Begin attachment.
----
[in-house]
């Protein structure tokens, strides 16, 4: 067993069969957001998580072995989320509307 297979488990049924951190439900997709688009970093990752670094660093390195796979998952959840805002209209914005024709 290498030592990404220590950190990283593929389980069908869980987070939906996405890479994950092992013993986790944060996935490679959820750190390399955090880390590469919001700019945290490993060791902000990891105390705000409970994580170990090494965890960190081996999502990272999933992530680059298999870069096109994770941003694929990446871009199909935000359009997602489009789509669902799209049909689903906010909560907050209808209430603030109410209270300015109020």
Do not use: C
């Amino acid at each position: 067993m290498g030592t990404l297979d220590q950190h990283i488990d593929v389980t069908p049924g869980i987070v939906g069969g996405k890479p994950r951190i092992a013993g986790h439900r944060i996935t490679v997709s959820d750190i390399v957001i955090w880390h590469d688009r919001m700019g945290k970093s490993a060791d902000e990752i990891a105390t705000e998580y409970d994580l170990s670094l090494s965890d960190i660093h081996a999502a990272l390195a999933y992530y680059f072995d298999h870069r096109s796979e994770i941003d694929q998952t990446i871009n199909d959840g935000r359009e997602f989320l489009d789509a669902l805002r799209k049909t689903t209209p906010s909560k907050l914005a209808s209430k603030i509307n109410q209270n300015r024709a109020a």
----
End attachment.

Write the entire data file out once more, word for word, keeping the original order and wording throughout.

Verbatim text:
[in-house]
């Protein structure tokens, strides 16, 4: 067993069969957001998580072995989320509307 297979488990049924951190439900997709688009970093990752670094660093390195796979998952959840805002209209914005024709 290498030592990404220590950190990283593929389980069908869980987070939906996405890479994950092992013993986790944060996935490679959820750190390399955090880390590469919001700019945290490993060791902000990891105390705000409970994580170990090494965890960190081996999502990272999933992530680059298999870069096109994770941003694929990446871009199909935000359009997602489009789509669902799209049909689903906010909560907050209808209430603030109410209270300015109020």
Do not use: C
């Amino acid at each position: 067993m290498g030592t990404l297979d220590q950190h990283i488990d593929v389980t069908p049924g869980i987070v939906g069969g996405k890479p994950r951190i092992a013993g986790h439900r944060i996935t490679v997709s959820d750190i390399v957001i955090w880390h590469d688009r919001m700019g945290k970093s490993a060791d902000e990752i990891a105390t705000e998580y409970d994580l170990s670094l090494s965890d960190i660093h081996a999502a990272l390195a999933y992530y680059f072995d298999h870069r096109s796979e994770i941003d694929q998952t990446i871009n199909d959840g935000r359009e997602f989320l489009d789509a669902l805002r799209k049909t689903t209209p906010s909560k907050l914005a209808s209430k603030i509307n109410q209270n300015r024709a109020a």